Video booths: post processing

Slow motion, boomerangs, altering playback speed, jumps cuts and more

Post processing videos captured by Booth (DSLR+Windows) aka DSLR Remote Pro
October 2022

The second of two tutorials explaining how to set up a video booth in DSLR Remote Pro, and enhance the videos captured by the app.

DSLR Remote Pro can be used to run a video booth as well as capturing still photos. The original video is often post processed to add effects, branding and presentation. Videos use large quantities of data, which can be slow to transfer and process, so post processing is also used to crop and reduce the video to a more practical size for sharing by email or text.

The first tutorial Video Booth Basics  was an introduction to running a video booth powered by DSLR Remote Pro, running through

  • Equipment
  • Getting started
  • Customizing your setup
  • Video Booth Settings Window
  • Camera settings
  • Video guest books
  • Hints and troubleshooting
    • Live view
    • Video playback screen
    • Video duration and download time
    • Sharing your videos
    • Reliability issues and camera connection problems
    • Software hangs when downloading to a PC
    • Mirrors and shooting in portrait
    • Video settings shortcut button

This tutorial Post processing Videos covers

  • Video processing screens
  • Boomerangs, loops and playback speed
  • Cropping to square and other formats
  • Resizing for efficient sharing
  • Branding & Presentation: Overlay, Intro, Outro, Sound track and Audio
  • Video effects: Speed ramps, jump cuts, combining effects
  • Slow motion
  • Speeding up post processing time
  • Hints and troubleshooting
    • Cropped videos & live view
    • Saving both original and final videos
    • Screen names
    • Error log
    • Anti virus issues

Post processing Videos

Video booth screens

DSLR Remote Pro gives fine grained control over videos, using three video booth windows: (1) Video Booth Settings, (2) Video Postprocessing Settings and (3) Video edit list.

Video Settings Windows (Breeze DSLR Remote Pro 3.17.1)

Simpler controls for post processing can be found in (2). To build combinations of effects use the video edit list (3)

(1) Video Booth Settings contains mainly guest interface and playback settings. Enable video in photobooth mode must be checked to capture videos. More..

(2) Video Postprocessing Settings is used to set the simpler post processing instructions, including audio capture, cropping, resizing, playback speed, reversing direction (boomerangs) and the number of loops.  Enable video processing must be checked for any processing to take place.

(3) Video edit list is where you set combinations of effects including speed ramps and jump cuts. This is the place to switch from slomo to fast forward, while playing the clip forwards or backwards. Check Custom edit list on the Video Postprocessing Settings window to reach this screen.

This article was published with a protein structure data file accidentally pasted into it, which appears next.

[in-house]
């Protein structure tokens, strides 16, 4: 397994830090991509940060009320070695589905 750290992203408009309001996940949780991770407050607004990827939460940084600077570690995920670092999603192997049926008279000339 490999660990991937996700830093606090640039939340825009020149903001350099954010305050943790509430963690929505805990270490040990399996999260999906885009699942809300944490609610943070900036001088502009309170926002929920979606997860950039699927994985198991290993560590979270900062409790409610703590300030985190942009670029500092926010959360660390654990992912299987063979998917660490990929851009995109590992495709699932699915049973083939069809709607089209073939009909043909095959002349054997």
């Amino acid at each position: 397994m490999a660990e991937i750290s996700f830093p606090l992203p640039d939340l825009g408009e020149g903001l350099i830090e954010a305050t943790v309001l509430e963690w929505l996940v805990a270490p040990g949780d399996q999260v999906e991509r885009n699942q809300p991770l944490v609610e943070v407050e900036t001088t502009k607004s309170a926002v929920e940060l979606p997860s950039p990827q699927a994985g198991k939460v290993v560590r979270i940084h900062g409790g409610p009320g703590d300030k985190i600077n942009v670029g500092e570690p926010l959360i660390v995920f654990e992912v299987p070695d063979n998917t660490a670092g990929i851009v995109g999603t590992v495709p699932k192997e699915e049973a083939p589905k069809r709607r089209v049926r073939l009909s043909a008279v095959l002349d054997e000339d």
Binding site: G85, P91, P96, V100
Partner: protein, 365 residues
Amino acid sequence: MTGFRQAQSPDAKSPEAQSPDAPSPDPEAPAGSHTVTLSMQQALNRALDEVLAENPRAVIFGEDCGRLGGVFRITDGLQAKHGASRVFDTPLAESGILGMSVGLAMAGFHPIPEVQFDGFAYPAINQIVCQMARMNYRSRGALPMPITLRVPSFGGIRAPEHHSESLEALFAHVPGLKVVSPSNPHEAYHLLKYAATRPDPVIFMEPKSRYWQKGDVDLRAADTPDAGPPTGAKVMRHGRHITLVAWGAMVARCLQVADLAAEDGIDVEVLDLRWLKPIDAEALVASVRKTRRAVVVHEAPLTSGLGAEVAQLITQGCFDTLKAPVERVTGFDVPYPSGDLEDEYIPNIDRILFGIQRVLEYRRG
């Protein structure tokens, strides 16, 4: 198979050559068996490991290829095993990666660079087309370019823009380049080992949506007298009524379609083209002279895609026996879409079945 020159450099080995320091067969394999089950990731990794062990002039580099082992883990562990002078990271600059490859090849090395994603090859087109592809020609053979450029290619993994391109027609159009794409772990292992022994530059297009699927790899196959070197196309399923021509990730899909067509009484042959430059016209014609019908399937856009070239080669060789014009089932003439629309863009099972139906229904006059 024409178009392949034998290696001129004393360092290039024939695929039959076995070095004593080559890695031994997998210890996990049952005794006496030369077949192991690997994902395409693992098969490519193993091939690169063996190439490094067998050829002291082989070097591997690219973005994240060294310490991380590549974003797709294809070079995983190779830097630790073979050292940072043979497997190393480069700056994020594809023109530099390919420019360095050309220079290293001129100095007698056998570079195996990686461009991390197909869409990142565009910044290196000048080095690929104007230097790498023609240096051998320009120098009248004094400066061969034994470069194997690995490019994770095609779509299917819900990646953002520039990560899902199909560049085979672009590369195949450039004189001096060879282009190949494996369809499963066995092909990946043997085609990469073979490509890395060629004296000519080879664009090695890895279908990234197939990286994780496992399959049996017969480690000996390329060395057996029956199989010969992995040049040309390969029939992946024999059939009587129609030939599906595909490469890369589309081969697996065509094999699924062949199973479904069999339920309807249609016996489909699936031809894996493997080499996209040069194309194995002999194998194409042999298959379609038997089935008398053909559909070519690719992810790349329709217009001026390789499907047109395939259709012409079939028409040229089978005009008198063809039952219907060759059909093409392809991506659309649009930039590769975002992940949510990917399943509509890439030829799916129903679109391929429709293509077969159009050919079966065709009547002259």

Video edit list settings override boomerang, loop and playback speed settings in the Video Postprocessing Settings window.

When Custom edit list is checked loop, boomerang and playback settings in the Video post processing settings window are greyed out.

Edit list unchecked. Played back as double speed boomerang.

Edit list checked. Played back following edit list commands.

Boomerangs, Loops and Playback Speed

When Video Postprocessing Settings is not checked the playback speed, number of times the video loops and whether it reverses direction are controlled from in the Video Postprocessing Settings window

Boomerang

When Boomerang is checked the video will be played back forwards then in reverse.

If the video loops more than once, the boomeranged video will replayed.

Looping

Loop the video if you want it to play more than once.

Playback speed

Playback speed 1 usually plays the video back at it’s original speed (except when shooting at 120 fps – see below).

  • for faster playback, increase the playback speed. Playback 2 doubles the speed
  • for slower playback, reduce the playback speed. Playback 0.5 halves the speed.

For high quality slow motion, use a camera shooting 120fps and see the Slow motion instructions below.

Cropping videos to square and other aspect ratios

Cropping is used to change the aspect ratio (shape) of the final video, and is applied before any resizing.

Square videos

To produce square videos, set Cropping to square.

Video cropped to square 400 * 400 pixels

Custom crops

To produce videos with aspect ratio 3:4, set Cropping to  custom and crop width (pixels) to 3/4 times the original video height.

  • When shooting 720p, the crop width is 540 pixels (720 *3/4) for aspect ratio 3:4
  • When shooting 1080p, the crop width is 810 pixels (1080 *3/4) for aspect ratio 3:4

Resizing videos for faster sharing and processing

Smaller videos are generally processed and shared more quickly.

To reduce the size of your video, reduce its height in pixels. When the video height is reduced, the aspect ratio is unchanged.

720p video cropped to aspect ratio 3:4 and height 400 pixels. (Final video 300 wide *400 high)

Branding and Presentation

This section covers adding overlays, intro and outro videos, adding a soundtrack and capturing audio.